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Parenting Styles

Parenting Styles

Raising children can be a difficult task, and it can be even more difficult to find the right parenting style. There are so many parenting styles to choose from, it can be hard to know which one is right for you and your family. Some of the more popular parenting styles include helicopter parenting, tiger parenting, free-range parenting, and lawnmower parenting.

Each of these parenting styles has its own benefits and drawbacks. Helicopter parenting can help ensure that your children are safe and have everything they need, but it can also be stifling and cause your children to become dependent on you. Tiger parenting can help children achieve academic success, but it can also lead to stress and anxiety. Free-range parenting can help children learn independence and self-reliance, but it can also put them in danger. Lawnmower parenting clears all obstacles out of your child’s way, but it can also prevent them from learning how to cope with failure.

Helicopter Parenting

Helicopter parenting is a parenting style in which parents constantly micromanage every aspect of their children's lives. Helicopter parenting began to become popular in the 1990s, and it has since become one of the most common parenting styles. Helicopter parenting is characterized by parents being extremely involved in their children's lives, often to the point where the children are not allowed to make any decisions on their own. Helicopter parents typically hover over their children, constantly checking in on them and interfering with their lives. Helicopter parenting can be beneficial in some ways, as it can help ensure that children are safe and have everything they need. However, helicopter parenting can also be stifling and cause children to become dependent on their parents. Additionally, helicopter parenting can lead to stress and anxiety in children.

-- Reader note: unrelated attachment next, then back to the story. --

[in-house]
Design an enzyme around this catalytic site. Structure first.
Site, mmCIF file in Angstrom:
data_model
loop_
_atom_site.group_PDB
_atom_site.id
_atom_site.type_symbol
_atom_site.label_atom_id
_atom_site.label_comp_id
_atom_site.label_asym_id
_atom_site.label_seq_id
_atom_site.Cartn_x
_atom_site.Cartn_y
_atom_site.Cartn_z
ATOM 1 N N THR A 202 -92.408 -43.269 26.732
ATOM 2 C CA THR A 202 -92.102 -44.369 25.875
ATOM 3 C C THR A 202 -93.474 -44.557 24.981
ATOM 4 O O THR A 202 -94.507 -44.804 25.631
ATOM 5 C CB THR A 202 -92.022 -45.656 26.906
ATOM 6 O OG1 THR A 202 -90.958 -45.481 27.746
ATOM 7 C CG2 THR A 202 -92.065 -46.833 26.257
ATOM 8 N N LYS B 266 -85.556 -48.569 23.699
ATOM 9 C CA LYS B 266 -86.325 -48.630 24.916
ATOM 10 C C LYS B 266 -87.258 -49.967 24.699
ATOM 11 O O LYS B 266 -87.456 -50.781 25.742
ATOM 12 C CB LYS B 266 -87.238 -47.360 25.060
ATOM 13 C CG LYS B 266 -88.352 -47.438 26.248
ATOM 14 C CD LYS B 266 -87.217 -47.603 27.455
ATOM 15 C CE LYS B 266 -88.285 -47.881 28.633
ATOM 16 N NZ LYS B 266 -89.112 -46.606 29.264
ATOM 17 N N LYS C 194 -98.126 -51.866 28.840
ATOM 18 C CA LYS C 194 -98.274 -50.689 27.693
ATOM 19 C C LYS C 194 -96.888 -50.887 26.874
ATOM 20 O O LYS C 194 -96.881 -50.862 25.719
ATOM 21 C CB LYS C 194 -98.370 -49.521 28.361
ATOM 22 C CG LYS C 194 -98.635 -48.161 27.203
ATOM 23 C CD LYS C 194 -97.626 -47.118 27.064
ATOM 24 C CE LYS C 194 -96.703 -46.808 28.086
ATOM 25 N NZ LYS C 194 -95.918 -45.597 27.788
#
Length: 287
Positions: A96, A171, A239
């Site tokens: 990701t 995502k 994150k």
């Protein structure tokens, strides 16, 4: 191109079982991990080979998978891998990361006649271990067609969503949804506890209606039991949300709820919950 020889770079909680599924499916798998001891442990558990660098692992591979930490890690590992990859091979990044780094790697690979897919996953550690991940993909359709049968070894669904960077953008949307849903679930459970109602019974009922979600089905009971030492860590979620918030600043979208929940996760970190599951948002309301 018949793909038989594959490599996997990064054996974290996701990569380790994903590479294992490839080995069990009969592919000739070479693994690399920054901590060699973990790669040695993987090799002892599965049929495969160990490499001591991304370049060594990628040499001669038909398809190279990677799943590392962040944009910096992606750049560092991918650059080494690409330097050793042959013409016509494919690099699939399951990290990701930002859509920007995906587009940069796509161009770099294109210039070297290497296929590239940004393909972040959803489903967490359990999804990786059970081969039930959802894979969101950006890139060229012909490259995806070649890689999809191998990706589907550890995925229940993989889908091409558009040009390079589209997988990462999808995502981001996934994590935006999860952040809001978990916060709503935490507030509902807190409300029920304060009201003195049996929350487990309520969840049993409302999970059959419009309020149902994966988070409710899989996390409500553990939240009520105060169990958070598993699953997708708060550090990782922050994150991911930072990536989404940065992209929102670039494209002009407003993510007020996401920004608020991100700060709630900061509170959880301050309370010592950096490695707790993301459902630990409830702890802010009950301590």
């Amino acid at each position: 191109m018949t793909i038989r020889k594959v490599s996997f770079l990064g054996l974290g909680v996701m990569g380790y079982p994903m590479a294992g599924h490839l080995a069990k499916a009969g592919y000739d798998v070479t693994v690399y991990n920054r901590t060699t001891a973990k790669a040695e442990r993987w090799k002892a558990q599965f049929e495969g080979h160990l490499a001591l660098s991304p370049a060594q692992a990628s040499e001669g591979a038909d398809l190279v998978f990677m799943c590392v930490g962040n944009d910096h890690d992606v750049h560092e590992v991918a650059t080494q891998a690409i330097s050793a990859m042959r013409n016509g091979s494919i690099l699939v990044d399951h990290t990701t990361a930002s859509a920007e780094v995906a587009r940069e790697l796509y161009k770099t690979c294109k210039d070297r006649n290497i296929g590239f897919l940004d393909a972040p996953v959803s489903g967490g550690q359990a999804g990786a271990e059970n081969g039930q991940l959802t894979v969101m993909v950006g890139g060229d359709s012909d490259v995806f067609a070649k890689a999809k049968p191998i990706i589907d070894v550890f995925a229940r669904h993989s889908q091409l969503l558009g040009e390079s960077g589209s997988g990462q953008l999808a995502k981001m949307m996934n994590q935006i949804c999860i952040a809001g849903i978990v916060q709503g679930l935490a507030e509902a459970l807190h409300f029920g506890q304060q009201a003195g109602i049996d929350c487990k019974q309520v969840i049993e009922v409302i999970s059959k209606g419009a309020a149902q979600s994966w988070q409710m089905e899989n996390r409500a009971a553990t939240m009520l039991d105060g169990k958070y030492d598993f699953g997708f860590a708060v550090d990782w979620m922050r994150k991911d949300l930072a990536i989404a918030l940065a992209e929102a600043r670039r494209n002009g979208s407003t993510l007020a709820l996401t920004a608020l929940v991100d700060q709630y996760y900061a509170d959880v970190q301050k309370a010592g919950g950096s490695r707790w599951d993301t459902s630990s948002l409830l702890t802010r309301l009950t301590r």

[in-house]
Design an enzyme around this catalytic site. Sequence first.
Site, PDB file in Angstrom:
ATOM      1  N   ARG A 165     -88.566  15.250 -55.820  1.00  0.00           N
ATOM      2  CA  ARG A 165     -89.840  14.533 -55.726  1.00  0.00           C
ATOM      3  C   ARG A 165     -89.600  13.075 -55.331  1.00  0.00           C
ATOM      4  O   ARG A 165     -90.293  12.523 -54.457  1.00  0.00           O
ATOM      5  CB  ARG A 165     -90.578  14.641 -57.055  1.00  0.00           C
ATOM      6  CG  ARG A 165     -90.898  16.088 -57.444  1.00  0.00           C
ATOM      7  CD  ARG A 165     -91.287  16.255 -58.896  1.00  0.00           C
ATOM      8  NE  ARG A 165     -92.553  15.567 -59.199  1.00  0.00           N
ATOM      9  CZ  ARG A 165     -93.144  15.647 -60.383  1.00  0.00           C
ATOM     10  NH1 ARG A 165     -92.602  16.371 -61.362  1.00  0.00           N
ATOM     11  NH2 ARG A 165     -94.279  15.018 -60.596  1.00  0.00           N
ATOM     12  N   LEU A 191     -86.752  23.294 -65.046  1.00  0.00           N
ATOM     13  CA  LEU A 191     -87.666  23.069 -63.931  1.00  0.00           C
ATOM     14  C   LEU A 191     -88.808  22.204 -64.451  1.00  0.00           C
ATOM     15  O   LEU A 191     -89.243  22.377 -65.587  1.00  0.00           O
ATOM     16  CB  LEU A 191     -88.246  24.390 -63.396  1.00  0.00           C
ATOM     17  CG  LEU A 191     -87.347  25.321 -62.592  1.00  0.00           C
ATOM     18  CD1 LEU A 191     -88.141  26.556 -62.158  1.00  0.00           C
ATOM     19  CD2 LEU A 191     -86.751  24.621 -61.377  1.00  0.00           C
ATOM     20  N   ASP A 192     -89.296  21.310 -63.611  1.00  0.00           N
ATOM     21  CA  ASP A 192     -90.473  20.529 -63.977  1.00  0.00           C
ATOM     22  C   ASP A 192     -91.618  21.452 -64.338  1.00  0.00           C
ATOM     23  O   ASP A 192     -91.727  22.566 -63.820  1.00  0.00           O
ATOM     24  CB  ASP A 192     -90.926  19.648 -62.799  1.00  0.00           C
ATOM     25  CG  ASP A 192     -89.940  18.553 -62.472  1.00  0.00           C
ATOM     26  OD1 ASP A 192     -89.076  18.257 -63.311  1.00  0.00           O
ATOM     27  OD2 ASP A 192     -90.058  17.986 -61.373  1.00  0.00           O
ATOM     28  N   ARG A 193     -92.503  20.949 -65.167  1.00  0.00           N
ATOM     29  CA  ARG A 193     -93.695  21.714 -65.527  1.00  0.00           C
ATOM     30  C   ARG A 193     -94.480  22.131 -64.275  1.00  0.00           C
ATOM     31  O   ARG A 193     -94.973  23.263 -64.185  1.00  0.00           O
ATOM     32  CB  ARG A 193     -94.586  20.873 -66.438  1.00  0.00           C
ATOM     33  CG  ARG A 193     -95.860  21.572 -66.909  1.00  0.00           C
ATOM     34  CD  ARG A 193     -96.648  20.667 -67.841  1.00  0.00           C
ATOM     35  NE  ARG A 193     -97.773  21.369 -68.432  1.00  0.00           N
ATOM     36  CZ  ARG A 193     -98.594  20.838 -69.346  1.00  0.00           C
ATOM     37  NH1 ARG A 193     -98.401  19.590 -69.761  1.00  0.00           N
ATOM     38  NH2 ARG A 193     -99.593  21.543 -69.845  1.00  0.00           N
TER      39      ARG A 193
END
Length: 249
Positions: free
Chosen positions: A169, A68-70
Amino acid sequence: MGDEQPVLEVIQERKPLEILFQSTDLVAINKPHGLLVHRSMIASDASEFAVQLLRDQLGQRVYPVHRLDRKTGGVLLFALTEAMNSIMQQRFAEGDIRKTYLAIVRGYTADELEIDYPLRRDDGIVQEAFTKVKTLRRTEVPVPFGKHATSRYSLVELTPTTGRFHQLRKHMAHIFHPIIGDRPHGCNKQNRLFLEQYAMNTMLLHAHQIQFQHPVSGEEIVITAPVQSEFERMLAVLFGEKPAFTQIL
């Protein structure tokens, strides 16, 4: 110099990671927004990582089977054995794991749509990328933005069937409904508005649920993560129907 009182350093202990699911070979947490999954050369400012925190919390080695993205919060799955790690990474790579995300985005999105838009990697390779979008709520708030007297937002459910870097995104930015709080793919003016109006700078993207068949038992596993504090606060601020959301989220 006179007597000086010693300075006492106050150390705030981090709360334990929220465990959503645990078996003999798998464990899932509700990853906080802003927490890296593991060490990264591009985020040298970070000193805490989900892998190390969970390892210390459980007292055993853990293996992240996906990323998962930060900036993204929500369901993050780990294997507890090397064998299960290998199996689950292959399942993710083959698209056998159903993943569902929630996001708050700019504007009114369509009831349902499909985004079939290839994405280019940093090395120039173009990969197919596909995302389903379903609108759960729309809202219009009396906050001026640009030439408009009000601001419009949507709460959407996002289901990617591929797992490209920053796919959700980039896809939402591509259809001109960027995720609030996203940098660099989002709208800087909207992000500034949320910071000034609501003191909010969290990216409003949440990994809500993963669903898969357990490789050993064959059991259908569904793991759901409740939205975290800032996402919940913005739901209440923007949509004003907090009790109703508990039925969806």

You Might Be a Helicopter Parent if…

  1. You don’t give them opportunities to make their own mistakes.
  2. You fight your child’s battles.
  3. You do their homework (or rewrite it after they’ve gone to bed).
  4. You shout advice to their coaches from the sidelines.
  5. You protect them from physical and mental risks (age appropriate ones).
  6. You constantly text your teenager to ‘check in’.
  7. You do their chores for them (cleaning their room, making their bed, doing their laundry).
  8. You answer any questions asked of your child by another adult.

Tiger Parenting

Tiger parenting is a parenting style that originated in Asia and has become popular in the United States in recent years. Tiger parenting is characterized by parents placing a high emphasis on academic achievement. Tiger parents push their children to excel in school and often require them to get straight A's. Tiger parenting can be beneficial in terms of improving academic achievement, but it can also lead to stress and anxiety in children. Additionally, tiger parenting can cause children to have a negative view of themselves and can make them feel like they are never good enough.

You Might Be a Tiger Parent if...

  1. Your tone is threatening when you speak with your child.
  2. You have rigid and strict rules.
  3. You withdraw warmth or love when the child makes a mistake.
  4. You order your child around.
  5. Your word is the law.
  6. Your child is all work and no play.
  7. You don’t show emotions, preferring a clinical attitude.
  8. You don’t allow your child to have their own opinions.

Free-Range parenting